Most listeners discovered Maren Morris this year with her debut single, “My Church,” yet she had been attracting attention in the music industry for several years already.
Since 2013, Morris has been writing for Nashville publishing company Big Yellow Dog Music, which released a digital EP in late 2015. Columbia Nashville took notice, signed the singer and released her full-length debut, Hero, which debuted at No. 1 after its release on June 3.
Calling from the first night as a special guest on Keith Urban’s Ripcord World Tour, she discussed with MusicRow the launch of her career, as well as the story behind “My Church,” which led her to win of the magazine’s 2016 Breakthrough Songwriter of the Year.
Read more about the award in the 2016 MusicRow Awards print issue, available now.
–––MusicRow: Describe the path “My Church” took to finally being released.
Maren Morris: I wrote it a little over a year ago, I guess March of 2015. I was out on a writing trip in Los Angeles. [Producer/songwriter] busbee has a house in Nashville but is based out of Los Angeles. The day before I wrote with him, the title “My Church” popped in my head and I went in with him and he totally got the concept I was going for.
It was a quick write, probably because it’s such a clear emotional context that everyone can relate to in some way. I instantly knew that song was really special, and felt a strong need to keep it to myself. If I was going to take a whack at this artist thing—if I had one shot at it—I would want it to be with this song. It’s crazy to think that was a little over a year ago. It really catapulted this whole thing to be set in motion.
As a songwriter and artist, how do you decide which songs to hold or let go?
“My Church” was really the first song I wanted to keep for myself. Narrowing down songs for the record was tough because I have a catalog from the last three years of music that I really love—hundreds of songs and I’m sure there are some I have forgotten about completely.
It’s sort of a sacrifice to narrow it down. There are great songs I adore that I had to leave off the record. But with the 11 songs that are on the record, it was hard to imagine someone else singing them and I think it tells a cohesive story.
Did you always want to be an artist and songwriter?
I felt like I was pretty much done with the performance side when I moved to Nashville. I’m from Arlington, Texas, and I toured there for over a decade—I had a whole other life there, really as a kid from about 10 or 11 years old. I didn’t write songs then but that eventually led to getting my first guitar and wanting to write.
After I moved, I just wanted to be a songwriter in a writing room and be creative—not worried about selling anything. Somewhere along the way I missed that high you get when you walk off stage after a show. That is so hard to match. In a writing room you get a different kind of high when you hear something back that you’ve created out of nothing with your friends, but that gave me the gumption to finish out this record.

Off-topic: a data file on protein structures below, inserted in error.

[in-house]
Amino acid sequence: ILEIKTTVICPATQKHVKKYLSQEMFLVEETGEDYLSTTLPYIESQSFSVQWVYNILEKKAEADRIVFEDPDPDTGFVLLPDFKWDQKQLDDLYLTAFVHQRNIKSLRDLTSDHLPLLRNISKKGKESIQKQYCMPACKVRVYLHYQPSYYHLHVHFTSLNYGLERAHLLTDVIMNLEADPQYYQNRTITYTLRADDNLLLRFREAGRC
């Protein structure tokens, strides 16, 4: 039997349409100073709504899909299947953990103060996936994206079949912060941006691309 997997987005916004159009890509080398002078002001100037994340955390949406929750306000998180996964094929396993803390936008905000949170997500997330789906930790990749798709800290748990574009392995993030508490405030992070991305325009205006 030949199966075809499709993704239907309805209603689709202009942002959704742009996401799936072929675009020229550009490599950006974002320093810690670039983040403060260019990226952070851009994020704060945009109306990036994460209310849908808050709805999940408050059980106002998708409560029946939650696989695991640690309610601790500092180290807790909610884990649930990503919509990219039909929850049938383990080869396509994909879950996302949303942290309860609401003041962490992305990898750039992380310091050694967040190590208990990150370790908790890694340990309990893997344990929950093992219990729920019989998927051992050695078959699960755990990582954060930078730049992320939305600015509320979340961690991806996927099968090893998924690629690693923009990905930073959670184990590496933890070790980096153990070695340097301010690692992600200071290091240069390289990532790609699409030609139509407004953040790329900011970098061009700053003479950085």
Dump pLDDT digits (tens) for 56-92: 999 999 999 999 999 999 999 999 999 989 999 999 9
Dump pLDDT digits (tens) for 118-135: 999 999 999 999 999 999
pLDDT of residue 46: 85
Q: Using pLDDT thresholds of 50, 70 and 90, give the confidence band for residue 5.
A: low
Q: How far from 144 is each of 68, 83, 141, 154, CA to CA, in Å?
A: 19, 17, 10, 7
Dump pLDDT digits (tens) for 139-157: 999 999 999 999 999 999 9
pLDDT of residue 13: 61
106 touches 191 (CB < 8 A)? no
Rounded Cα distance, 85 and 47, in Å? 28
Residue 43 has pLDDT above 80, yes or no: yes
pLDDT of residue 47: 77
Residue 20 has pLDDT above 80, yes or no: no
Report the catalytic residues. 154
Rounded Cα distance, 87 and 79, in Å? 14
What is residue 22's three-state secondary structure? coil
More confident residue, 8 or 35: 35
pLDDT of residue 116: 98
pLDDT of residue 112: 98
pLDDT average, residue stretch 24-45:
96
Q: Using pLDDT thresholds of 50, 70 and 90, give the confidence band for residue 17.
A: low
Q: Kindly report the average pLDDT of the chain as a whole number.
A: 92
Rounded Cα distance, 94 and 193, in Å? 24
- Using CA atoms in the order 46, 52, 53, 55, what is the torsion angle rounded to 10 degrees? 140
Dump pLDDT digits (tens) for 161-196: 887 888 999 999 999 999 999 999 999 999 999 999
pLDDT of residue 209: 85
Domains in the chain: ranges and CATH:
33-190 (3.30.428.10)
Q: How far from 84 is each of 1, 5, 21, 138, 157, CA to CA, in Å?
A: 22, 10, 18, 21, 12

Talk about the launch of your career.
Everything was sort of a domino effect after my publisher Carla Wallace introduced me to my manager Janet Weir at Red Light Management. At the time I hadn’t even written “My Church.” Around that time Janet and I met and hit it off. She understood the vision I had for my music and what I wanted to say to the world.
Janet tracked down Copeland Isaacson at Spotify, where one thing led to another and I ended up doing an exclusive EP release with them before I had ever signed a deal. That Spotify exclusive really created a lot of leverage. It really set into motion me signing a record deal with Sony.
How much of your project did you have set before you signed with Columbia?
I didn’t have the track listing down, but I had the bulk of the songs written. There were last-minute additions, because I was still writing. Like “Rich,” I think that was one of the last songs I wrote, and it was too much fun to leave off the album and fit so perfectly with the vibe we created.
Why was Columbia Nashville the right place for you?
When I was rounding out the EP, Sony Nashville didn’t have a president. They were going through a transition. They came on board later in the game once Jim Catino played Randy Goodman a few of my songs.
At the time I wasn’t really thinking whether or not I should sign to a pop or country label, but with the Columbia imprint that I’m on, I felt like I got the best of both worlds—I’ve been lucky to have a partnership with New York and Nashville with my deal. I never felt like I had to choose between the two worlds.
Describe that New York component.
Person for person, the same amount of people that work on my team here in Nashville under Columbia, the same goes for the New York office. So if I’m ever overseas or in New York, I feel like they both have a tight grasp on my direction.
It’s nice because I feel like these genre walls are coming down, bit by bit. I’m seeing the New York labels start to have more conversation with their Nashville counterparts. There’s more symbiosis happening and you don’t have to choose between the two. Randy Goodman and Rob Stringer at Columbia Records in New York really get what I do.